Bob Bly, an old-school copywriter, wrote to hi-tech blogger Robert Scoble saying that he is a low-tech guy and does not understand all of the hullabaloo about the latest hi-tech gadgets and services:
I don’t have any of it — for that matter, I don’t own a Blackberry, iPod, wireless laptop, or even a cell phone — and I get along fine without them.
In fact, I’d say my productivity is greatly enhanced by not fooling with all these useless gadgets or reading the endless blather on social networking sites.
Can you help an old guy from the old school understand what he’s missing?
Scoble responded to Bly implying that people can choose to be lazy and ignore hi-tech trends, but that choice is an ignorant one:
OK, OK, I see that a few of you are interested in how I’d answer Rob’s question straight up. My answer:
“There is value in staying ignorant.”
Seriously. Think of the tradeoff to staying ignorant. You might have to go to school to learn something new instead of grabbing another beer out of the fridge and sitting on the couch and watching another CSI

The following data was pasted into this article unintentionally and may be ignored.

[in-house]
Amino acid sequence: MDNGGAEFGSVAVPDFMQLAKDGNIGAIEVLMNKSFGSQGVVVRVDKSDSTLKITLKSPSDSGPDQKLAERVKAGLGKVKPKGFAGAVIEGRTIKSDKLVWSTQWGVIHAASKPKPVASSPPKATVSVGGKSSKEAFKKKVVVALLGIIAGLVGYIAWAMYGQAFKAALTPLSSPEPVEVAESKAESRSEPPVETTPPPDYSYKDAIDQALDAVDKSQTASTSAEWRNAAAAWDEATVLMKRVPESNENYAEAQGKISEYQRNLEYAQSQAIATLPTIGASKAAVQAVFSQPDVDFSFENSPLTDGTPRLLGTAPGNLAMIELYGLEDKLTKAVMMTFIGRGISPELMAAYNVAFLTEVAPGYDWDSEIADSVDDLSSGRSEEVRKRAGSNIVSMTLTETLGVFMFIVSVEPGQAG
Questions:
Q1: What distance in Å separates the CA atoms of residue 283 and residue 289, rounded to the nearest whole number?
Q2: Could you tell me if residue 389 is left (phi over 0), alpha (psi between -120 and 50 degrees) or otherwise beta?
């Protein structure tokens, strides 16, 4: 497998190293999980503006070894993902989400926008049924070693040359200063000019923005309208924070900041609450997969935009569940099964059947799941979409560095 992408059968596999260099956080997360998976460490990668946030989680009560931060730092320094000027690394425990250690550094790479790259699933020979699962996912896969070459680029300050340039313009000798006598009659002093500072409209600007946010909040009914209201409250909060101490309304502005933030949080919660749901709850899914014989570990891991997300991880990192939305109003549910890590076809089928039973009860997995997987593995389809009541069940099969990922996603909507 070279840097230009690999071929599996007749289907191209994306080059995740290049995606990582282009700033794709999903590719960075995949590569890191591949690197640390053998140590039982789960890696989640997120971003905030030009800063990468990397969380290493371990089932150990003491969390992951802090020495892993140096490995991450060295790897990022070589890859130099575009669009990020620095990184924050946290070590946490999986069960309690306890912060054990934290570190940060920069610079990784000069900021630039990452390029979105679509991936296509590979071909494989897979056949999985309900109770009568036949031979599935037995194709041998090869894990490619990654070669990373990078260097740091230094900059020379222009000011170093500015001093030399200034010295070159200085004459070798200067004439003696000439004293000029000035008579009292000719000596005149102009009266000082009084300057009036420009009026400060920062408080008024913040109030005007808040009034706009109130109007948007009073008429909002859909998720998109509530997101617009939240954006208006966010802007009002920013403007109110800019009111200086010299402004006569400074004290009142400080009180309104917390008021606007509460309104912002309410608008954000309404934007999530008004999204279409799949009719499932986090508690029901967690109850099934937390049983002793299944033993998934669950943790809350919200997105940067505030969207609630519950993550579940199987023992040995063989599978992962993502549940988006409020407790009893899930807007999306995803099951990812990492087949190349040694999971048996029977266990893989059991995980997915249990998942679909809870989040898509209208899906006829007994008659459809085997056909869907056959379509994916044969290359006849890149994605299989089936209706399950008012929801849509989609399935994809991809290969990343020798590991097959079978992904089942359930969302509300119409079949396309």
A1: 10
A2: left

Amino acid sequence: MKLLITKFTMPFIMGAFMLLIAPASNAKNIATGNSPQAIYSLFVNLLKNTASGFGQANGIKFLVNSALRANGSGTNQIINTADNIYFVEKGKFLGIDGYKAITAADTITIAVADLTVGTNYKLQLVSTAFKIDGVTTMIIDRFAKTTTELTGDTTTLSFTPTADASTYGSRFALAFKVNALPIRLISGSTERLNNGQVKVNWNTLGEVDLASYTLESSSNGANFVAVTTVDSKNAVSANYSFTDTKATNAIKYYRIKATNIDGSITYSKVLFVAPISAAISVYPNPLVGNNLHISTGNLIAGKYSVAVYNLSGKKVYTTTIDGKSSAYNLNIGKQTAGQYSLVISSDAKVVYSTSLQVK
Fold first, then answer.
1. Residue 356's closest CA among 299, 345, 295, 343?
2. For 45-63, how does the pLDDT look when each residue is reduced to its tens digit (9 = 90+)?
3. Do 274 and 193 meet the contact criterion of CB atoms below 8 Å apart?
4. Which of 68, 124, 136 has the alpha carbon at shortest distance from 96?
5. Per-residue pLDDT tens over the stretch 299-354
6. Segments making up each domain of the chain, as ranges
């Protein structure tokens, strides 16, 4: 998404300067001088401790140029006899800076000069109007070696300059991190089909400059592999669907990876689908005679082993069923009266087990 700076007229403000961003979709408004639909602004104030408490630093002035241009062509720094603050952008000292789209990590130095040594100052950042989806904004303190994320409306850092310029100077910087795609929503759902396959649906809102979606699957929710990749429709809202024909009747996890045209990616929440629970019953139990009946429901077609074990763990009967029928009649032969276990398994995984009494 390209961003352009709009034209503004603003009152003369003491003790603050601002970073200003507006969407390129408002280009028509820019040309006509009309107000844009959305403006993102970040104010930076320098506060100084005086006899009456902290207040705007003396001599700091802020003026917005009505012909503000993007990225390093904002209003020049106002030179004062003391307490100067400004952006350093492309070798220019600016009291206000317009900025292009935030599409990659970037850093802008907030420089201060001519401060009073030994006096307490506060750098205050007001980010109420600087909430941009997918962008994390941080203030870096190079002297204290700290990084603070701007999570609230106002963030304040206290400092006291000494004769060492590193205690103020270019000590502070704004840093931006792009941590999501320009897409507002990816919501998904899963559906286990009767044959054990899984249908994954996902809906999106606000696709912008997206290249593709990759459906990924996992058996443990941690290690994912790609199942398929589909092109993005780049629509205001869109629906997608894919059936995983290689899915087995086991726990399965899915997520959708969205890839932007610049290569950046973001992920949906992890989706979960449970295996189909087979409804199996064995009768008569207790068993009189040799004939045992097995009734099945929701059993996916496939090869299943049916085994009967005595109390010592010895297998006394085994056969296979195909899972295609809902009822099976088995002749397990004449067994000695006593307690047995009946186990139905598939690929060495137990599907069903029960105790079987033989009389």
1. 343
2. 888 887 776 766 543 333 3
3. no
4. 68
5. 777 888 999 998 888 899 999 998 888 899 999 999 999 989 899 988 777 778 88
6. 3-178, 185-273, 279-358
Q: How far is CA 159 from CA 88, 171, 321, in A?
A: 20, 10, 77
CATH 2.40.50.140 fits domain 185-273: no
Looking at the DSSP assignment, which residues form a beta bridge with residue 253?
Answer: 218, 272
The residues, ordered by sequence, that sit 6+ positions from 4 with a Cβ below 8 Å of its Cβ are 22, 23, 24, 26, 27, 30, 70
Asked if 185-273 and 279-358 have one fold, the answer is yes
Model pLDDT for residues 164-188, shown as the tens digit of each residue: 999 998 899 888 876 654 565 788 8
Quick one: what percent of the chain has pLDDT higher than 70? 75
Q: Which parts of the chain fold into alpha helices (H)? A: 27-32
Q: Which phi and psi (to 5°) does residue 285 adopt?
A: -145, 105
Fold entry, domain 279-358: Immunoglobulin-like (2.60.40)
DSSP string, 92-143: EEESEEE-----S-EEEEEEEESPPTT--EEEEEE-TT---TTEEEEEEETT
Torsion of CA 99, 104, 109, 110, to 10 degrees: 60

The Low-Tech Times strongly sides with Bob Bly in this discussion. While it is a mistake to reject all new technology out of hand, it is equally wrong for the public to have a knee-jerk reaction to purchase the latest unnecessary hi-tech gadget or service. Scoble should not assume that people are ignorant just because they choose not to spend their time and money on the latest technologies.
The Low-Tech Times sees some troubling signs in today’s society, including drivers who pay more attention to their text messages than the roadway and people talking about surgically embedding cell phones inside their bodies.
Avoiding unnecessary hi-tech devices is not lazy; on the contrary, insisting on a button to roll up and down car windows is lazy.